“When preparing for this launch, we spent a lot of time discussing how to show up for everyone in the best way we possibly could–and the donations we made were always a part of that,” said a ColourPop spokesperson via email. “We deeply care about the LGBTQIA+ community and wanted to be sure that we were continuing to support them in a tangible way alongside this launch. We knew that not every person out there would be able to separate the art from the artist, and while we hoped our community would be excited to see a collection come to life that was requested (almost weekly!) for many years, we knew that, as a brand that speaks about being focused on inclusivity, we must acknowledge and financially support the trans and LGBTQIA+ communities so that our actions can continue to be aligned with our brand values and priorities.” The spokesperson said the company does not disclose donation amounts, as of a 2020 company policy.
According to the spokesperson, the collaboration has been in the works for “over two years,” as “some collections, especially with external partners have a very long path from idea (and community ask) to launch.”
Rowling generated controversy over her statements in June 2020 on Twitter and a blog post that complained of opening “doors of bathrooms and changing rooms to any man who believes or feels he’s a woman” and accusing the trans rights movement of “offering cover to predators.” That month, Daniel Radcliffe, Emma Watson and Rupert Grint all released statements in support of the trans community, in response to Rowling. Warner Bros., which owns the Harry Potter franchise along with Rowling, also released a statement, as a result, saying that it upholds the values of “a diverse and inclusive culture.”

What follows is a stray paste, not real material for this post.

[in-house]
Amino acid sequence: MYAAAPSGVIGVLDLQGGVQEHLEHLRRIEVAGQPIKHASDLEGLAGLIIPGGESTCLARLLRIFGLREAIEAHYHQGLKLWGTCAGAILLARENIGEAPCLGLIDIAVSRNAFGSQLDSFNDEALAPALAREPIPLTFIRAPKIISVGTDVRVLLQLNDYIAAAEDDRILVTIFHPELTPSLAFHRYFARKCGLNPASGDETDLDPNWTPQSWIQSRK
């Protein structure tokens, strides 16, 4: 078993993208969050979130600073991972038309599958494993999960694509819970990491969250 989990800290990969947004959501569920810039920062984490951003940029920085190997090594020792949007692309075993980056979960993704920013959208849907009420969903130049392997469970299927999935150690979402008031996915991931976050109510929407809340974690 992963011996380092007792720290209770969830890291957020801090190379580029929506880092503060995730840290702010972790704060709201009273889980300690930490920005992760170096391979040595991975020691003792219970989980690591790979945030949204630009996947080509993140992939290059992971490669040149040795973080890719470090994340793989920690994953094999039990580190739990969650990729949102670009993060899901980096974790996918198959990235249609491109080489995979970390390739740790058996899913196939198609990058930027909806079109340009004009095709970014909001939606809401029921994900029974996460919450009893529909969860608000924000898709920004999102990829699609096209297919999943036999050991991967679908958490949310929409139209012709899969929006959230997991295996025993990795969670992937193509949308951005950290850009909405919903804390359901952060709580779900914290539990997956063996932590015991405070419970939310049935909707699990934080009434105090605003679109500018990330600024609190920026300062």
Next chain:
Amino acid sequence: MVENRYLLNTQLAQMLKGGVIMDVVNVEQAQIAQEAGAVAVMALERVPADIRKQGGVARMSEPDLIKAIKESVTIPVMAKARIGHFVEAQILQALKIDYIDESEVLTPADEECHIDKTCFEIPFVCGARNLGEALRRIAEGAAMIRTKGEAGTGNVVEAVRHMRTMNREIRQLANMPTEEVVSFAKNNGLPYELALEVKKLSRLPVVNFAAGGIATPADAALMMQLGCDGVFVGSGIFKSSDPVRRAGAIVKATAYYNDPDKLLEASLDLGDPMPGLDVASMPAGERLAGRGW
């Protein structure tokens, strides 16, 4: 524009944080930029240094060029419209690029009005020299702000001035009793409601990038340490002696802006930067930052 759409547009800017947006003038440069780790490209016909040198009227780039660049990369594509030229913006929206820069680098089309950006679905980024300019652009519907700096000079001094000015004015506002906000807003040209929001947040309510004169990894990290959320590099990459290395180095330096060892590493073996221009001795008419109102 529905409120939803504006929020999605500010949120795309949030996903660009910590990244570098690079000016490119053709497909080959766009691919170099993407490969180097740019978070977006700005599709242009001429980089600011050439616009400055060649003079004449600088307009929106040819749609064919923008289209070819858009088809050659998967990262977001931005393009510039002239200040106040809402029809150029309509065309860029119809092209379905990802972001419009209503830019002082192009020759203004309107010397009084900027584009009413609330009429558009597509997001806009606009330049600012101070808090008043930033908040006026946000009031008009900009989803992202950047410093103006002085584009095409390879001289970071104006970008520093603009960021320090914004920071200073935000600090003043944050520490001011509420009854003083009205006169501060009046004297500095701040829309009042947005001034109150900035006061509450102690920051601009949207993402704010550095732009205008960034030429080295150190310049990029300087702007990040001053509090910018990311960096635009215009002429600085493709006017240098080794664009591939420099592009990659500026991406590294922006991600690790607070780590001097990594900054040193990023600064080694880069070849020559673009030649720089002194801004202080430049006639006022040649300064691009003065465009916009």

“We created this collection, and many of our other collections, because they are asked for — and we want our actions to align with our words. So here we find ourselves, bringing those highly requested dreams to life. We didn’t know what would happen in the world, and on Twitter, between the day we began investing in this collection and today. It has been a completely unprecedented few years,” said the ColourPop spokesperson.
Rowling’s statements on transgender issues were fresh in the news again this week, thanks to the publication of her new book, “The Ink Black Heart,” which features a character who is “persecuted” after being accused of transphobia. Several commenters on the ColourPop Instagram post pointed out the timing.
Some LGBTQ+ influencers expressed feeling conflicted about the collab. Beauty influencer Skelotim (106,000 YouTube subscribers) addressed the collab in two videos, stating, “Just because you say that you love Harry Potter does not mean that you support J.K. Rowling,” noting that he had just been to the Orlando Harry Potter theme park and that the franchise “holds such a special place in [his] heart.”
While a wide range of consumer brands have launched Harry Potter franchise products since Rowling’s initial statements, ColourPop has received the lion’s share of criticism for supporting the franchise. Instagram posts about Harry Potter-themed Le Creuset Dutch ovens, Pottery Barn bedding, Swarovski crystal Hedwig owls, a Vera Bradley bag, and Alex and Ani jewelry do not appear to have many critical statements, if any.
“I believe the beauty community made such loud noise about this collab because of how many LGBTQ and queer-identifying people are in the beauty community,” said Teel. “It is a very large and safe space to many LGBTQ people.”